Many semiconductor vendors including TI, NXP, STMicroelectronics, Microchip, and others play in the microcontroller market. As with nearly every semiconductor niche, microcontrollers have been getting bigger and badder for decades. In the 1970s, there were 4-bit microcontrollers for VCRs and other simple consumer electronics. There were scads of 8-bit microcontrollers, soon followed by 16-bit microcontrollers. Motorola Semiconductor (later renamed Freescale and eventually purchased by NXP) developed the 6801, 6805, 68705, 68HC08, 68HC11, 68HC12, and 68HC16 microcontroller families with literally hundreds of variants in each family. These days, 32-bit microcontrollers are very common.
Motorola Semiconductor was by no means unique among microcontroller makers. Microcontroller variants from every chip vendor seemed to proliferate like bunny rabbits, and every microcontroller vendor offered its own proprietary architectural flavor – or multiple flavors. When it was founded in 2002, Renesas consolidated a bunch of Japanese microcontroller architectures that originated at Hitachi, Mitsubishi, and, eventually, NEC. Then Arm started to pursue the microcontroller market, and, in a decade or so, put all those proprietary microcontroller processor architectures out to pasture.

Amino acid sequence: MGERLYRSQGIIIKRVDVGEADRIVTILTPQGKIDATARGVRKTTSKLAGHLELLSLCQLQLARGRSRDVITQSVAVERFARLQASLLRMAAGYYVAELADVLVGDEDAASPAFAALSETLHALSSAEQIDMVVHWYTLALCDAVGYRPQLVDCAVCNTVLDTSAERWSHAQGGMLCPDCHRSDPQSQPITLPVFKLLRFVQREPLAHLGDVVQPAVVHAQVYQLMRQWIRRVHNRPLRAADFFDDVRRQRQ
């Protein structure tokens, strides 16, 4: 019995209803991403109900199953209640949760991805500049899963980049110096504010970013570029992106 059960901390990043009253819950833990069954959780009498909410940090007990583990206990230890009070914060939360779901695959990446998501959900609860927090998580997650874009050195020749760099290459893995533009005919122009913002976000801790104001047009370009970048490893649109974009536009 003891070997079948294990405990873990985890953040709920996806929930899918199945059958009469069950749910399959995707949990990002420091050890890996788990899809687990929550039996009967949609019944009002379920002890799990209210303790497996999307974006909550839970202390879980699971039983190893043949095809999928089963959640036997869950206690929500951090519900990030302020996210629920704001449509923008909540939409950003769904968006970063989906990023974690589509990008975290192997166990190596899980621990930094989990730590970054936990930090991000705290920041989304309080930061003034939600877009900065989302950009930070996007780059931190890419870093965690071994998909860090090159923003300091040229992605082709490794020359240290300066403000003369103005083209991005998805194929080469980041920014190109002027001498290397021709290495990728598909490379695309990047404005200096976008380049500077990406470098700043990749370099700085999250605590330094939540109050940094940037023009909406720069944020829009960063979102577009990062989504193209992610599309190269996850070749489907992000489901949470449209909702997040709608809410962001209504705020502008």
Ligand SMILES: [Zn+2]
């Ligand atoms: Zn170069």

Microcontrollers are not glamorous parts. They’re not made with the latest lithography. They don’t require exotic packaging or chiplet assembly. They don’t burn 100 watts. Given that, you might think they weren’t a critical part of the silicon menagerie. Make no mistake. Microcontrollers are critical members of the silicon ecology.
When I wrote “How Long Will it Take for the Chip Shortage to Ease?” last October, I specifically chose a photo of a vast sea of Ford pickup trucks spread across the scenery as being a characteristic snapshot of the shortage. Those trucks were awaiting microcontrollers. Microcontrollers are not the thoroughbreds of the processor world; they’re the workhorses.